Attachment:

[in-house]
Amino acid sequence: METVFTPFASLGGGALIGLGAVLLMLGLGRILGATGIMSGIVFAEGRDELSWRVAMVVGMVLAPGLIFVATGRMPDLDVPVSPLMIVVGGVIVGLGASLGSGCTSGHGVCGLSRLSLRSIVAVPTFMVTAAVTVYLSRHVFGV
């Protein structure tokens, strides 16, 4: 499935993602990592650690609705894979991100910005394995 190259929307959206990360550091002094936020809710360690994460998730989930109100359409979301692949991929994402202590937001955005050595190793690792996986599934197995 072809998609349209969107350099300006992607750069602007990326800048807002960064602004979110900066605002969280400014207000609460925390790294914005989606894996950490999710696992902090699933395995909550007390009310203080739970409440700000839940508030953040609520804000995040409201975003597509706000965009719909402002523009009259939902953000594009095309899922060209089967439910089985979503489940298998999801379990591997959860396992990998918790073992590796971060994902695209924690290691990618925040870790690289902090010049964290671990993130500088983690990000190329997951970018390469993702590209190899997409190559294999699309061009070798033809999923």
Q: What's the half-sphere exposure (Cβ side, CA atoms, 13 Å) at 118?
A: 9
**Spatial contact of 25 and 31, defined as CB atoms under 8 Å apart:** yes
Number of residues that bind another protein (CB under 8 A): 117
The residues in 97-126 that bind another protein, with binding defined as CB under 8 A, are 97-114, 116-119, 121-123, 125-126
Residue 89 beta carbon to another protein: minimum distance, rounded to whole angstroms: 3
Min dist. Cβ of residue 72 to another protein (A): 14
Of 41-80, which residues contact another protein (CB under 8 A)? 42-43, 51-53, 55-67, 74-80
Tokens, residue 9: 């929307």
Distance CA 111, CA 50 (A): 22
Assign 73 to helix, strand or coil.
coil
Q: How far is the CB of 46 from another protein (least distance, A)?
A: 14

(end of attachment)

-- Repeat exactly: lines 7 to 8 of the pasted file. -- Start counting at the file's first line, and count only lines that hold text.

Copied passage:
Number of residues that bind another protein (CB under 8 A): 117
The residues in 97-126 that bind another protein, with binding defined as CB under 8 A, are 97-114, 116-119, 121-123, 125-126